Property Rights In The Case Of A Divorce

By Elizabeth Allen

It’s a sad but real fact that many marriages end in divorce yet at the time of the marriage both happily agreed to share everything in their lives for better or for worse; no way would it end in the divorce courts.

During the period of marriage a couple acquire a lot of possessions; no consideration is given as to whom the possession belong; they are jointly owned. Or rather they are jointly owned until the marriage breaks down and now somehow they have to be divided.

The Family home is likely to be the largest thing that is jointly owned; indeed it is jointly financed as well. Now things aren’t going so well the family home can become an item that causes a lot of aggravation, heartache and stress. It’s is of course understandable as a home is the biggest and most expensive purchase most people ever make in their lives.


Understanding property rights, specifically relating to the state where the house is situated is imperative. For example, if you owned a property prior to getting married and you kept it but didn’t live in it as a couple, it remains yours in its entirety; providing your spouse did not contribute to its upkeep. Alternatively, if you have received a property as an inheritance or gift from a third party, it does not necessarily form part of the joint estate, unless bequeathed to both you and your spouse.

Taking Virginia as an example, the laws in place are clear insofar that marital property must, in the event of a divorce, be split in an equitable manner. This does not necessarily mean a split of 50 per cent each; it depends on the needs of a person, how much they contributed during the marriage and each person’s own personal financial position.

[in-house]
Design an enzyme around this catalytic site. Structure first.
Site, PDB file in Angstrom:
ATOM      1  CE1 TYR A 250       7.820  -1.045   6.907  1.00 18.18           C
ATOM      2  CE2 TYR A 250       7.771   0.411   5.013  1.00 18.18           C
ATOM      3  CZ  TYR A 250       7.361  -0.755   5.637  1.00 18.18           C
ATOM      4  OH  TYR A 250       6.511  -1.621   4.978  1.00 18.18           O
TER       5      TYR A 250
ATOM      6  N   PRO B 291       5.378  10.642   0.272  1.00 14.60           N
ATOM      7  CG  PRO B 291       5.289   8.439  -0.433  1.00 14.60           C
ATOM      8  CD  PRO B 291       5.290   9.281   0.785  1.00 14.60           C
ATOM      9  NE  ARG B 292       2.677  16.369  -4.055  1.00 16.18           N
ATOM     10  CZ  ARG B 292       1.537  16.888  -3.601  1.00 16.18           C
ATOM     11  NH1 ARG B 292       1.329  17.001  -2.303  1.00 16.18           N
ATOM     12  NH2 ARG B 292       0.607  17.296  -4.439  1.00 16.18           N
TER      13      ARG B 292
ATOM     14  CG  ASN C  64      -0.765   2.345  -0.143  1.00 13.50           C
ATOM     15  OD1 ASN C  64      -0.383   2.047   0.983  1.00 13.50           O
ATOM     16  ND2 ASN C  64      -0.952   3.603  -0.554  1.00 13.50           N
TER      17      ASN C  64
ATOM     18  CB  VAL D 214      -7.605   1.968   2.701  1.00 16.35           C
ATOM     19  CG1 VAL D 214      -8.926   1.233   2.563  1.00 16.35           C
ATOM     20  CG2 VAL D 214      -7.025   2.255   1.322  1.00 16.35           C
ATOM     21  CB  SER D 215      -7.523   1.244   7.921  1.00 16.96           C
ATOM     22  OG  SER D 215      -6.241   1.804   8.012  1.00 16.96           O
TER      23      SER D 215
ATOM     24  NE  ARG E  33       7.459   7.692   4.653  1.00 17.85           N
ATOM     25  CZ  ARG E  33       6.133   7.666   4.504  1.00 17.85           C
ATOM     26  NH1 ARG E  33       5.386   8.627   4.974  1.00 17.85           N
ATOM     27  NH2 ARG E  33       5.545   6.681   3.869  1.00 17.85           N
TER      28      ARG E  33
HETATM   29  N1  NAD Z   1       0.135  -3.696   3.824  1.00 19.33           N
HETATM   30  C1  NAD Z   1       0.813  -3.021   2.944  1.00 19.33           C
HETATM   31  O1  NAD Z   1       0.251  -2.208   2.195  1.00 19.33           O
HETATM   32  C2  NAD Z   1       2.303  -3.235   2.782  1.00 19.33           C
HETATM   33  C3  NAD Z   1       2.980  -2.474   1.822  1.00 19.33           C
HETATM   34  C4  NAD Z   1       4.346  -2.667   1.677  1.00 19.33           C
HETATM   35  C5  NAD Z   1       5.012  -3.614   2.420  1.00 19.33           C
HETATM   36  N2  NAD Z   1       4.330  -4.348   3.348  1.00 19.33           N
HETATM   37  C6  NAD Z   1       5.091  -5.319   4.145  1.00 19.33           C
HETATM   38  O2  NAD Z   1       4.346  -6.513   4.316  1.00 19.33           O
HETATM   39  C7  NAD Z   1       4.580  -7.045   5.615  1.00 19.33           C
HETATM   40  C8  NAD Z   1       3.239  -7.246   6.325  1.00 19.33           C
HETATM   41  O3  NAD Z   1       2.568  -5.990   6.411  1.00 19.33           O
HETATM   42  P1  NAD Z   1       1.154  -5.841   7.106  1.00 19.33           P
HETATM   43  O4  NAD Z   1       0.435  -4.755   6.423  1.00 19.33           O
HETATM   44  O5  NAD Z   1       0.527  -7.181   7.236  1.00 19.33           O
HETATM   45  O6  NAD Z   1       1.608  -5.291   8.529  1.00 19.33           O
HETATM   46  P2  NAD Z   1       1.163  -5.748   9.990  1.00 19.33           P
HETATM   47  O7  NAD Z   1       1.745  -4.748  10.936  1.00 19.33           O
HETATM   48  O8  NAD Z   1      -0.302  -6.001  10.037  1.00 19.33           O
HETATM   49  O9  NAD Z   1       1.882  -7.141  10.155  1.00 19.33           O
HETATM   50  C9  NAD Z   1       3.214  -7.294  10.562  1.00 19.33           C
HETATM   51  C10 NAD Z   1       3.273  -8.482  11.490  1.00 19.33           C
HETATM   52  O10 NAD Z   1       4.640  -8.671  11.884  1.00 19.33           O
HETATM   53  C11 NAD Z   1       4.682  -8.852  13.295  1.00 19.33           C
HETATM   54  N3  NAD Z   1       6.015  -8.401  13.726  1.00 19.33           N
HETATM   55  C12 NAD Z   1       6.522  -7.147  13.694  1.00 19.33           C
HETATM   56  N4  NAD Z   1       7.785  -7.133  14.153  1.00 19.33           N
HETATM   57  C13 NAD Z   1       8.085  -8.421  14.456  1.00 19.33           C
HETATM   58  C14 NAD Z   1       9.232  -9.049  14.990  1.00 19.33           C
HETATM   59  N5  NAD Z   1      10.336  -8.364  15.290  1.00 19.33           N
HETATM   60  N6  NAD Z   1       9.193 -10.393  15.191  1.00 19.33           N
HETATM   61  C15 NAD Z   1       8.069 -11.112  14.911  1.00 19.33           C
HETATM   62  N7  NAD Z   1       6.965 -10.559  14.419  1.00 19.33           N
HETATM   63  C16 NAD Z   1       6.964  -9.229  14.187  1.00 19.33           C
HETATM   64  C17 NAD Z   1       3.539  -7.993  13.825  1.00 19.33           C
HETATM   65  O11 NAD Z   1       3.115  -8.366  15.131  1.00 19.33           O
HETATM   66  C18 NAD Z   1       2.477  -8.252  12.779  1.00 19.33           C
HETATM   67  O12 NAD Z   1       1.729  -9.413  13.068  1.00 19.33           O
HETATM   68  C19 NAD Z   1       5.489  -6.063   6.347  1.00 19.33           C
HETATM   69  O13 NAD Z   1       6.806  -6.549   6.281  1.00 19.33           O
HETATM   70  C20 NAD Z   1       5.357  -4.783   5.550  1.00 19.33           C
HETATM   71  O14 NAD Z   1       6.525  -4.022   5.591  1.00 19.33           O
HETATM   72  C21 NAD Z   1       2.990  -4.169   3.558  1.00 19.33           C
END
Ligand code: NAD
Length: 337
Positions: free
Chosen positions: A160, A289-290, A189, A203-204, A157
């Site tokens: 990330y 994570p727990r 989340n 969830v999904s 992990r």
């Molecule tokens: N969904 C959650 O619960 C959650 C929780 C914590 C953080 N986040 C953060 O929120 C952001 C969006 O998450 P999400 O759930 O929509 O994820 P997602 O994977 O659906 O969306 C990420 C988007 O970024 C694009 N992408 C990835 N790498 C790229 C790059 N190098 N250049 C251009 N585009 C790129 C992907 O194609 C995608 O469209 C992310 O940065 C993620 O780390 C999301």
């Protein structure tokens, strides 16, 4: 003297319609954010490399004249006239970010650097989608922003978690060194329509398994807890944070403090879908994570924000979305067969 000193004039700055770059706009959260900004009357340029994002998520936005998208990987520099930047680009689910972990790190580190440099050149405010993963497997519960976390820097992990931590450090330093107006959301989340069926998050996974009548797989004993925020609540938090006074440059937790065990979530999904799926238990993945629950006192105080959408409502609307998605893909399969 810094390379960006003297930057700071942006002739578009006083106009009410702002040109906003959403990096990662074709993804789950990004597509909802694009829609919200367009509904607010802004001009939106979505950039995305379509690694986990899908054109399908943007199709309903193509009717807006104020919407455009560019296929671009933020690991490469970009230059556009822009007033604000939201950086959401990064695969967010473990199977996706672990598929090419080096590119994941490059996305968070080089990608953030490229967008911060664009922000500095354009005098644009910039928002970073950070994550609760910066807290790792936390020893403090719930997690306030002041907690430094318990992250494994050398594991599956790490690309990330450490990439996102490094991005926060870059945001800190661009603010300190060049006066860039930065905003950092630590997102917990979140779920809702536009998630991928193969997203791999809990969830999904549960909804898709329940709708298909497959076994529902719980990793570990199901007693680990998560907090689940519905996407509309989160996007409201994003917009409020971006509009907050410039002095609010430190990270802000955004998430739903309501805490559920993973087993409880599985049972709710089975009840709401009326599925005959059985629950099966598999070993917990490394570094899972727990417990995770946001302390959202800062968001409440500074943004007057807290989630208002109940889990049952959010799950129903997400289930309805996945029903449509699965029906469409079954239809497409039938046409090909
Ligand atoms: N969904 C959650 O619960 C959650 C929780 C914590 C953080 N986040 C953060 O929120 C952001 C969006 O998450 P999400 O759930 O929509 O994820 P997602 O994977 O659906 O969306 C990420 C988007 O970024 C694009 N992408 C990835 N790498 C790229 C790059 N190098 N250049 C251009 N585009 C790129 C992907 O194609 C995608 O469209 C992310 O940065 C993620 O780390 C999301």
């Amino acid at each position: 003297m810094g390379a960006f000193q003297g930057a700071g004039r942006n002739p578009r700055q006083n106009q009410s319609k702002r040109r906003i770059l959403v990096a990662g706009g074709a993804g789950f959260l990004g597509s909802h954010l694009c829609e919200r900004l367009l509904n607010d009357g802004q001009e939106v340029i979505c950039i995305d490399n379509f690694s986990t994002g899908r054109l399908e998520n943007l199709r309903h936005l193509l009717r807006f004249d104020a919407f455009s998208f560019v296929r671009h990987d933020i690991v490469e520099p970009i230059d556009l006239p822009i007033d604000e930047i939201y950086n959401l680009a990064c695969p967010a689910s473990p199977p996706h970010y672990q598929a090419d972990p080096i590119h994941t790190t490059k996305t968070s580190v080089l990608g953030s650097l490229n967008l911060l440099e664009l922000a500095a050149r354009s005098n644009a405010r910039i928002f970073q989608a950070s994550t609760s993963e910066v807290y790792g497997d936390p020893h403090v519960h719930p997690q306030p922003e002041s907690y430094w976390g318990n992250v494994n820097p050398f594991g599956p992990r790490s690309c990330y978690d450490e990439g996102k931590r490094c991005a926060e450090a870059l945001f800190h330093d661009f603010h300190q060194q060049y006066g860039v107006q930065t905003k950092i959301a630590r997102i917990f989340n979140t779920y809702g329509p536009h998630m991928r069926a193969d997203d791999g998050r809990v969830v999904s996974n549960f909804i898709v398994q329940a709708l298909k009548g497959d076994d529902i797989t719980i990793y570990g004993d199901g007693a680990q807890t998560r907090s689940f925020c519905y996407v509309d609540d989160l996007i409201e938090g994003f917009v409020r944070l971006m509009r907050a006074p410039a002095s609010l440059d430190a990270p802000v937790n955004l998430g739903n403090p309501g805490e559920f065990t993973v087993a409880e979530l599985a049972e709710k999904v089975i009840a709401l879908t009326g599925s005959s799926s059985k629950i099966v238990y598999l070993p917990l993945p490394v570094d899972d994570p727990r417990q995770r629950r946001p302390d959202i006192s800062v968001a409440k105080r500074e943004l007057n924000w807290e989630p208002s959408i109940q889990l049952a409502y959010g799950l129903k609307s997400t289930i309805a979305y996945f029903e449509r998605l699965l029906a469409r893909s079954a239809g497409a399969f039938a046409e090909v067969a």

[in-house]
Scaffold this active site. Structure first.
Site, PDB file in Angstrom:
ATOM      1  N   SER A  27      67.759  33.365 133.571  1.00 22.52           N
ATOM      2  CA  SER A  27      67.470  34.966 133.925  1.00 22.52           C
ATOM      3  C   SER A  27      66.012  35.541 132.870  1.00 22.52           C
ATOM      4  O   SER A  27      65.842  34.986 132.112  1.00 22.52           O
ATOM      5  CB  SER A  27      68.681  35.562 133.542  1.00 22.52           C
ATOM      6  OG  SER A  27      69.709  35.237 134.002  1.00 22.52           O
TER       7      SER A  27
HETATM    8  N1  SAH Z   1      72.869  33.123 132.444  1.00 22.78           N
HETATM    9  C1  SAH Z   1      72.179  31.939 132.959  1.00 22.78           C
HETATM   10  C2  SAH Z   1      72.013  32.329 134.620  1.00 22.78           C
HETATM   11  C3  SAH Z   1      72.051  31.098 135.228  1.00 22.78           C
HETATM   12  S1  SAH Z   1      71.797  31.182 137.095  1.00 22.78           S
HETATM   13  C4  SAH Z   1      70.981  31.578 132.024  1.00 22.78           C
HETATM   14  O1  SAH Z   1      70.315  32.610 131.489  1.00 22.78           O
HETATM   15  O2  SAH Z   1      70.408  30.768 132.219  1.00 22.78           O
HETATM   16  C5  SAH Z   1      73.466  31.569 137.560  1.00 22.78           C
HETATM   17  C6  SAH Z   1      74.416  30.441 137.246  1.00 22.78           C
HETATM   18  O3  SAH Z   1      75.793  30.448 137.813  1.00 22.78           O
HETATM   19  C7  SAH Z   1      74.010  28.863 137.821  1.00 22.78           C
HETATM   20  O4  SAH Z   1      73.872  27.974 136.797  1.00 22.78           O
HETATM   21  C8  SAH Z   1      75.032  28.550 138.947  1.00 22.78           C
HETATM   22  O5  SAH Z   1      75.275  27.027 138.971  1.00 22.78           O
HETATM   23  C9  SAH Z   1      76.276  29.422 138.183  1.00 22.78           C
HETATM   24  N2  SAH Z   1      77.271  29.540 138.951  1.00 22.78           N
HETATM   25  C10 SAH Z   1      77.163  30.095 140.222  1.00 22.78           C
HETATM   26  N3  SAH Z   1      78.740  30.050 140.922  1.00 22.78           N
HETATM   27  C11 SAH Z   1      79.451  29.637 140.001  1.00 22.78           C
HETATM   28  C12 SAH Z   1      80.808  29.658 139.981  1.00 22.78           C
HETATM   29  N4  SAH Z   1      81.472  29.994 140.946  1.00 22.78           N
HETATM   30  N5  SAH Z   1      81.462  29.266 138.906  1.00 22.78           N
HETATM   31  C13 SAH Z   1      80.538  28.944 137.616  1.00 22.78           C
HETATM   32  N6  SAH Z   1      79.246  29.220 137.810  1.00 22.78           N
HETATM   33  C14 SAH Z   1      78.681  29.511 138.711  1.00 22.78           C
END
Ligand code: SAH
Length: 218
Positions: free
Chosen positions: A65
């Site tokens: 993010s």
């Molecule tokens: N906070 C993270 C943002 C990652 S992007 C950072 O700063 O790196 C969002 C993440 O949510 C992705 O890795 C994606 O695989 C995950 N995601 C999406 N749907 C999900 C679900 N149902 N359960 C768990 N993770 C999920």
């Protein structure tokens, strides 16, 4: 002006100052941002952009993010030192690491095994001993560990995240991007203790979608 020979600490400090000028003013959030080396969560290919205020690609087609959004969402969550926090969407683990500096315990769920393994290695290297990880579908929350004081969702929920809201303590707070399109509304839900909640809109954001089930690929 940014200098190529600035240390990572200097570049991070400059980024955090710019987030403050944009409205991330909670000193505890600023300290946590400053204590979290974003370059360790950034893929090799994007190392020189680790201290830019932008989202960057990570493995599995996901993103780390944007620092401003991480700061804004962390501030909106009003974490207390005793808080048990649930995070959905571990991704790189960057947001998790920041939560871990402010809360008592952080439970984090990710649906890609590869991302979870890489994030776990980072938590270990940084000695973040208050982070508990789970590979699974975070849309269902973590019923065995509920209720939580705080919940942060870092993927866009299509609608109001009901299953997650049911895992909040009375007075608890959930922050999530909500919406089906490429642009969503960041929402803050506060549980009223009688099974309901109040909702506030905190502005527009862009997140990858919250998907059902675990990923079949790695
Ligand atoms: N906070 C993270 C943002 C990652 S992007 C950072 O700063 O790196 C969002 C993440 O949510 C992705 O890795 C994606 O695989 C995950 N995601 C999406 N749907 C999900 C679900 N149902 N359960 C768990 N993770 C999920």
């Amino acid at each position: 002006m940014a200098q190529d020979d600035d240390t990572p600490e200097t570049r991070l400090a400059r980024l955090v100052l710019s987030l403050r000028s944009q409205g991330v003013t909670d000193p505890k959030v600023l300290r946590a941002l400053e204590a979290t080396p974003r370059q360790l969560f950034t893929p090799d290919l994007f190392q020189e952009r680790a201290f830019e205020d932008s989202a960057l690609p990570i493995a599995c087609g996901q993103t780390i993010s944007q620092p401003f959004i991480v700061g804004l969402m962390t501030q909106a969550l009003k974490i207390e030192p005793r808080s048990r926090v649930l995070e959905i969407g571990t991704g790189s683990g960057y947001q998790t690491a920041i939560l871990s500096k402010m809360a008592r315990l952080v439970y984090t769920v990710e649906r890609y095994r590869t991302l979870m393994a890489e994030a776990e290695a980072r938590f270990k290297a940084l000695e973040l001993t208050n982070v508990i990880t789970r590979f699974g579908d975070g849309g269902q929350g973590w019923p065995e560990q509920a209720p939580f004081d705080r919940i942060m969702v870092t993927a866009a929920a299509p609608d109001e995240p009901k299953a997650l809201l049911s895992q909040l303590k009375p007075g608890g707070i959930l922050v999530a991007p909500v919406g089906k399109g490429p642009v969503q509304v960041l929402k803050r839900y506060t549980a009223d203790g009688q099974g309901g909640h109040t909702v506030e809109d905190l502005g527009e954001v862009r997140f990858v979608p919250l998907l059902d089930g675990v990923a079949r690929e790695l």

Other properties owned, but not lived in by the couple getting divorced, which are looked after or paid for jointly become part of the marital estate and will be included for the purposes of equitable distribution.

Curt have the power to determine how to separate the property. This may be by awarding a monetary amount to one party and letting the other retain the property. Alternatively the court can decide that the property has to be sold to a third party or that one of the party getting divorced purchases the property from the other half at a price applicable on the open market at the time.

A court will look at various aspects relating to who has contributed more to buy the property and what contribution each party has played in maintaining it, looking after it and cleaning it. For example, if one of the parties has been paying for the home loan, but the other has looked after the home and maintained it the court will not necessarily decide to award more of the home’s value to the person paying the loan.

The simplest and best method to divide up your property to is try to do it amicably outside of the jurisdiction of the court if at all possible.

About the Author: by Elizabeth Allen – Visit

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